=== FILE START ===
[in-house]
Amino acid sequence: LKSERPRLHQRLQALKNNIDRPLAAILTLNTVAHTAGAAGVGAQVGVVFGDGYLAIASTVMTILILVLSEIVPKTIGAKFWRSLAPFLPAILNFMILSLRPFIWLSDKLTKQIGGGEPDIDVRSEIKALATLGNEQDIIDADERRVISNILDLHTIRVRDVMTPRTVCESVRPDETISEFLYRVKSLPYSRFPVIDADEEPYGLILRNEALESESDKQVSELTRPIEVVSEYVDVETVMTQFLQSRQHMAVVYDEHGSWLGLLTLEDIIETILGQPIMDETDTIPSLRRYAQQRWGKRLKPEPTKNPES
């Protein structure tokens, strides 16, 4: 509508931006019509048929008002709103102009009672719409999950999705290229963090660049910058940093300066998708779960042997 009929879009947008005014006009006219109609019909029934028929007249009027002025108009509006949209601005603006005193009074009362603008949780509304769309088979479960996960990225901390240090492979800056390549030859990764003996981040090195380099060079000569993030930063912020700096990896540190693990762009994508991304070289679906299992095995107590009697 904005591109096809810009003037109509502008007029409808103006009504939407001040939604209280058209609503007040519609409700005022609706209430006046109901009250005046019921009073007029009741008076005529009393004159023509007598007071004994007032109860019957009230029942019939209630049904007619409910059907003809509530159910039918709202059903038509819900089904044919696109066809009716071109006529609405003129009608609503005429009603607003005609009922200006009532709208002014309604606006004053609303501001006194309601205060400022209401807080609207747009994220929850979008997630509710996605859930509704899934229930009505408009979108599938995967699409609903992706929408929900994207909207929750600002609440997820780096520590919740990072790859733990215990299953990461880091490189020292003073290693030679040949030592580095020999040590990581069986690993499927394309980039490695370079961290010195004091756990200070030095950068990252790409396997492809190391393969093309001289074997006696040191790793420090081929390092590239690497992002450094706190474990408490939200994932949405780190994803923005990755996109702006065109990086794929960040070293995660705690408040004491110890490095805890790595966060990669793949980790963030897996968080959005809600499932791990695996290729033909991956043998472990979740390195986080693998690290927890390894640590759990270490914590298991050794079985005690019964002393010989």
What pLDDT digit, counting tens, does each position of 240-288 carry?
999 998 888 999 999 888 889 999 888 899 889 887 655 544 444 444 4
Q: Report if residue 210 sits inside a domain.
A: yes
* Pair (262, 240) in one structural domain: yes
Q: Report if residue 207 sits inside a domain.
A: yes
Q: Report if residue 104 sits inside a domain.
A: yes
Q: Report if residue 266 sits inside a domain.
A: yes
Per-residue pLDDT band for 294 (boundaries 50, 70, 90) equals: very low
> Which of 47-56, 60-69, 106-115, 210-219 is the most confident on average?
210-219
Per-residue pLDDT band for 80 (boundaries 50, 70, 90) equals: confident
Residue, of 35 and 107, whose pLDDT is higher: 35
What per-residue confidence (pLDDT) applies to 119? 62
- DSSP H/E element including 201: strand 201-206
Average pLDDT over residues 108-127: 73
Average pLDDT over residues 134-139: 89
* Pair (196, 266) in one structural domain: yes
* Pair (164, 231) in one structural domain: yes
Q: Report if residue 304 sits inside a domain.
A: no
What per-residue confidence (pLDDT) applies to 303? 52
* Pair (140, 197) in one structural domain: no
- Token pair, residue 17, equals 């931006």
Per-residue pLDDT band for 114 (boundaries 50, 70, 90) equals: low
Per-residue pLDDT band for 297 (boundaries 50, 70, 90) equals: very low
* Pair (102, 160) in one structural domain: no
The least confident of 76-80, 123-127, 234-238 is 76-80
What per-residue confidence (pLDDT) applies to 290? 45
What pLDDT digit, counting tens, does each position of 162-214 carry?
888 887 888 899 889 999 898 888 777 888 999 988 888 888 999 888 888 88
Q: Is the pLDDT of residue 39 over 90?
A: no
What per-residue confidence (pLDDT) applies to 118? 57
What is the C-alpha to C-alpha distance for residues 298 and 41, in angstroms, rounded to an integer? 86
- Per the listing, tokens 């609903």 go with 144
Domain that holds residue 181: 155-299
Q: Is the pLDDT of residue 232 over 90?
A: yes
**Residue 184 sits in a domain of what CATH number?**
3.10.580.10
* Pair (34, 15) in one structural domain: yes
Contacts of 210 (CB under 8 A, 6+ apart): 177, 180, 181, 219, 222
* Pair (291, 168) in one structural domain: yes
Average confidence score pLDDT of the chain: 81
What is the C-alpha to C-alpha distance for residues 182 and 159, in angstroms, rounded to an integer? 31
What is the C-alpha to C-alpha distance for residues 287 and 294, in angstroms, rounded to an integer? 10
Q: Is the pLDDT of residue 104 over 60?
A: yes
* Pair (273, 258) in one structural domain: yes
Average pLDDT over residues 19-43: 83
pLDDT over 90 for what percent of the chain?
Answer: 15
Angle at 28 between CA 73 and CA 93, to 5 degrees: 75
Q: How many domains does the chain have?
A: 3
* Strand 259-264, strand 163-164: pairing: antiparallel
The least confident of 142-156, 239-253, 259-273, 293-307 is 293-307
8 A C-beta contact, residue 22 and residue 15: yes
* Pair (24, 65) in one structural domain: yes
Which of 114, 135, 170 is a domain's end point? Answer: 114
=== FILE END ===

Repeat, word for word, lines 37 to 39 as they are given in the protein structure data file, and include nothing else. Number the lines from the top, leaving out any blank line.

888 887 888 899 889 999 898 888 777 888 999 988 888 888 999 888 888 88
Q: Is the pLDDT of residue 39 over 90?
A: no